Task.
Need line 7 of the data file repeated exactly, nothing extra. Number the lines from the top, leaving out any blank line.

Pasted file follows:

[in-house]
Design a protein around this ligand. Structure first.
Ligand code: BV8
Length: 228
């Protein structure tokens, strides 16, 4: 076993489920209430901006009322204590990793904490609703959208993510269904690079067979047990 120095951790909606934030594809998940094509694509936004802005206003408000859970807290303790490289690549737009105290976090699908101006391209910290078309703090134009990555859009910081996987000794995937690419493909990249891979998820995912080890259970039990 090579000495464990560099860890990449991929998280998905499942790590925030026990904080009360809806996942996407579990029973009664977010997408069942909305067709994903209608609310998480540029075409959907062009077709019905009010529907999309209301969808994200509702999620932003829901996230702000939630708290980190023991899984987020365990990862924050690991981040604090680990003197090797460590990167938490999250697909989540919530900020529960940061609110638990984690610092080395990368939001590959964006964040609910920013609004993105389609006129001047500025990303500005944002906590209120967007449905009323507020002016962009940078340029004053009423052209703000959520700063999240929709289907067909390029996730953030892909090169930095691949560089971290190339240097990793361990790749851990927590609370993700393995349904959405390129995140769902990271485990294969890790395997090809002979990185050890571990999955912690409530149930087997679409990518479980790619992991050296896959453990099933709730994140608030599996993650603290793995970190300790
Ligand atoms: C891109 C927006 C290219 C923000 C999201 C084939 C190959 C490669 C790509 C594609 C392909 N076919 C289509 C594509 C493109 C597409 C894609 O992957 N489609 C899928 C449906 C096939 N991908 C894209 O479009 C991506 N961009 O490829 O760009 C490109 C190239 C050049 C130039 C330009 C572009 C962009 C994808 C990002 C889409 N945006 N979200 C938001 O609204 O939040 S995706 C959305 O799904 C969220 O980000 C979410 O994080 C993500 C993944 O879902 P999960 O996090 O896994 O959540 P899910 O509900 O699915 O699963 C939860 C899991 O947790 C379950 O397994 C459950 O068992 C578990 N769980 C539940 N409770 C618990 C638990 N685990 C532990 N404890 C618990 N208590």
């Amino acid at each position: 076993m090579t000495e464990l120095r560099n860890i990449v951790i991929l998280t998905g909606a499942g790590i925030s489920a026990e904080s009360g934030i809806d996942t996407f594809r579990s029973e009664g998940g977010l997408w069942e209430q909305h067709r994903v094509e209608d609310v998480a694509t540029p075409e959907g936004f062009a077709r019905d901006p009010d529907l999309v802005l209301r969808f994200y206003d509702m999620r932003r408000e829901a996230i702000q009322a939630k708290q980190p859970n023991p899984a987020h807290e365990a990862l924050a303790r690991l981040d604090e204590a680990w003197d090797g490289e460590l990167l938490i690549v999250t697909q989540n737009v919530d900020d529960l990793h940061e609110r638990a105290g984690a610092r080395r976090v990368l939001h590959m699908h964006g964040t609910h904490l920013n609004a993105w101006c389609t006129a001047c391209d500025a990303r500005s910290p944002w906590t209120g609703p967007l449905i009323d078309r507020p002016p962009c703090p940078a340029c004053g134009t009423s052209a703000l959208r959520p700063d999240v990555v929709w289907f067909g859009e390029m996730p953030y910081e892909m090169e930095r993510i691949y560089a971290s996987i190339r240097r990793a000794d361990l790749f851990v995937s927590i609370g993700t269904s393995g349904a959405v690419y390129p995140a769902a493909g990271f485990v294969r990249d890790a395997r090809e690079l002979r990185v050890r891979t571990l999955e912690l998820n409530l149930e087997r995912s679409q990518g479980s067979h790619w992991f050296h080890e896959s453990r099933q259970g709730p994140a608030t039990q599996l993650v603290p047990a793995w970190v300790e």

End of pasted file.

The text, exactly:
């Amino acid at each position: 076993m090579t000495e464990l120095r560099n860890i990449v951790i991929l998280t998905g909606a499942g790590i925030s489920a026990e904080s009360g934030i809806d996942t996407f594809r579990s029973e009664g998940g977010l997408w069942e209430q909305h067709r994903v094509e209608d609310v998480a694509t540029p075409e959907g936004f062009a077709r019905d901006p009010d529907l999309v802005l209301r969808f994200y206003d509702m999620r932003r408000e829901a996230i702000q009322a939630k708290q980190p859970n023991p899984a987020h807290e365990a990862l924050a303790r690991l981040d604090e204590a680990w003197d090797g490289e460590l990167l938490i690549v999250t697909q989540n737009v919530d900020d529960l990793h940061e609110r638990a105290g984690a610092r080395r976090v990368l939001h590959m699908h964006g964040t609910h904490l920013n609004a993105w101006c389609t006129a001047c391209d500025a990303r500005s910290p944002w906590t209120g609703p967007l449905i009323d078309r507020p002016p962009c703090p940078a340029c004053g134009t009423s052209a703000l959208r959520p700063d999240v990555v929709w289907f067909g859009e390029m996730p953030y910081e892909m090169e930095r993510i691949y560089a971290s996987i190339r240097r990793a000794d361990l790749f851990v995937s927590i609370g993700t269904s393995g349904a959405v690419y390129p995140a769902a493909g990271f485990v294969r990249d890790a395997r090809e690079l002979r990185v050890r891979t571990l999955e912690l998820n409530l149930e087997r995912s679409q990518g479980s067979h790619w992991f050296h080890e896959s453990r099933q259970g709730p994140a608030t039990q599996l993650v603290p047990a793995w970190v300790e």